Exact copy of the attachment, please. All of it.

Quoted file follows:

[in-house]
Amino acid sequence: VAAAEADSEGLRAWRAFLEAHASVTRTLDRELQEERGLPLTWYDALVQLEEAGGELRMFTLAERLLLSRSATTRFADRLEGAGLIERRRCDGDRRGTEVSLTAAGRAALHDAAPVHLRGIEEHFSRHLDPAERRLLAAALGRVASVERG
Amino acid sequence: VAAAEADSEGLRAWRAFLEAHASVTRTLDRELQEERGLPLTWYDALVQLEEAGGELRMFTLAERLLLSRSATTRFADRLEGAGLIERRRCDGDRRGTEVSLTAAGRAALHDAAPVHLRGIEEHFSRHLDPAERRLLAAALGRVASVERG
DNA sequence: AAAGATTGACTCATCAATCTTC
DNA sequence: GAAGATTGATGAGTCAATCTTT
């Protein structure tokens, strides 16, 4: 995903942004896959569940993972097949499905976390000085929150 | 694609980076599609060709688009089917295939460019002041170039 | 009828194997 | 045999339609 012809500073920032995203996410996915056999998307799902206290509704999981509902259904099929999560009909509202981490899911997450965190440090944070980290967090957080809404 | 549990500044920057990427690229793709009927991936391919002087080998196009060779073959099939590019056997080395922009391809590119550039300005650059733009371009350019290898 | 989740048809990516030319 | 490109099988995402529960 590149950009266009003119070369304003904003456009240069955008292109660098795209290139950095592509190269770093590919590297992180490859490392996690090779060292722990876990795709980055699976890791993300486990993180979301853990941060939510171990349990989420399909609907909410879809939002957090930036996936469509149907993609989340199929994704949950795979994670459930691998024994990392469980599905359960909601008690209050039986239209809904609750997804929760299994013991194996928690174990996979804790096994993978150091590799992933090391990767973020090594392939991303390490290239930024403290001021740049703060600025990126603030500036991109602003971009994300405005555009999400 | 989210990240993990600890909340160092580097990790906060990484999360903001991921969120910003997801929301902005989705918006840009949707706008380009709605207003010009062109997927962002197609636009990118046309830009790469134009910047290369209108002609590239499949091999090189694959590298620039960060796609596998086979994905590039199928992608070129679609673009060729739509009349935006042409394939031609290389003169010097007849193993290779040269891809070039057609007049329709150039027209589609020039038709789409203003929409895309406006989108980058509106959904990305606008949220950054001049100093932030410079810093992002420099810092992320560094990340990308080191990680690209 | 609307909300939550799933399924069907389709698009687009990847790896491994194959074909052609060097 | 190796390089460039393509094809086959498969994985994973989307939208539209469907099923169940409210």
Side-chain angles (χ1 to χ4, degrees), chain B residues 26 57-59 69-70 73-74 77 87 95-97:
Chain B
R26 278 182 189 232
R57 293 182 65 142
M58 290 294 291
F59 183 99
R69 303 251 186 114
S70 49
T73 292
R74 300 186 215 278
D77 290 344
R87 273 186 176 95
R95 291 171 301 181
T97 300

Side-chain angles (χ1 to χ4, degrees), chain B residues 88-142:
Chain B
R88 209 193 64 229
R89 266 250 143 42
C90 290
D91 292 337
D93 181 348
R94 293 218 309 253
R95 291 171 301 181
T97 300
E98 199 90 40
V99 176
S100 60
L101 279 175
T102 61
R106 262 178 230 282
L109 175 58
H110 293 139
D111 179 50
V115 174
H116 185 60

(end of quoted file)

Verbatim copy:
[in-house]
Amino acid sequence: VAAAEADSEGLRAWRAFLEAHASVTRTLDRELQEERGLPLTWYDALVQLEEAGGELRMFTLAERLLLSRSATTRFADRLEGAGLIERRRCDGDRRGTEVSLTAAGRAALHDAAPVHLRGIEEHFSRHLDPAERRLLAAALGRVASVERG
Amino acid sequence: VAAAEADSEGLRAWRAFLEAHASVTRTLDRELQEERGLPLTWYDALVQLEEAGGELRMFTLAERLLLSRSATTRFADRLEGAGLIERRRCDGDRRGTEVSLTAAGRAALHDAAPVHLRGIEEHFSRHLDPAERRLLAAALGRVASVERG
DNA sequence: AAAGATTGACTCATCAATCTTC
DNA sequence: GAAGATTGATGAGTCAATCTTT
């Protein structure tokens, strides 16, 4: 995903942004896959569940993972097949499905976390000085929150 | 694609980076599609060709688009089917295939460019002041170039 | 009828194997 | 045999339609 012809500073920032995203996410996915056999998307799902206290509704999981509902259904099929999560009909509202981490899911997450965190440090944070980290967090957080809404 | 549990500044920057990427690229793709009927991936391919002087080998196009060779073959099939590019056997080395922009391809590119550039300005650059733009371009350019290898 | 989740048809990516030319 | 490109099988995402529960 590149950009266009003119070369304003904003456009240069955008292109660098795209290139950095592509190269770093590919590297992180490859490392996690090779060292722990876990795709980055699976890791993300486990993180979301853990941060939510171990349990989420399909609907909410879809939002957090930036996936469509149907993609989340199929994704949950795979994670459930691998024994990392469980599905359960909601008690209050039986239209809904609750997804929760299994013991194996928690174990996979804790096994993978150091590799992933090391990767973020090594392939991303390490290239930024403290001021740049703060600025990126603030500036991109602003971009994300405005555009999400 | 989210990240993990600890909340160092580097990790906060990484999360903001991921969120910003997801929301902005989705918006840009949707706008380009709605207003010009062109997927962002197609636009990118046309830009790469134009910047290369209108002609590239499949091999090189694959590298620039960060796609596998086979994905590039199928992608070129679609673009060729739509009349935006042409394939031609290389003169010097007849193993290779040269891809070039057609007049329709150039027209589609020039038709789409203003929409895309406006989108980058509106959904990305606008949220950054001049100093932030410079810093992002420099810092992320560094990340990308080191990680690209 | 609307909300939550799933399924069907389709698009687009990847790896491994194959074909052609060097 | 190796390089460039393509094809086959498969994985994973989307939208539209469907099923169940409210």
Side-chain angles (χ1 to χ4, degrees), chain B residues 26 57-59 69-70 73-74 77 87 95-97:
Chain B
R26 278 182 189 232
R57 293 182 65 142
M58 290 294 291
F59 183 99
R69 303 251 186 114
S70 49
T73 292
R74 300 186 215 278
D77 290 344
R87 273 186 176 95
R95 291 171 301 181
T97 300

Side-chain angles (χ1 to χ4, degrees), chain B residues 88-142:
Chain B
R88 209 193 64 229
R89 266 250 143 42
C90 290
D91 292 337
D93 181 348
R94 293 218 309 253
R95 291 171 301 181
T97 300
E98 199 90 40
V99 176
S100 60
L101 279 175
T102 61
R106 262 178 230 282
L109 175 58
H110 293 139
D111 179 50
V115 174
H116 185 60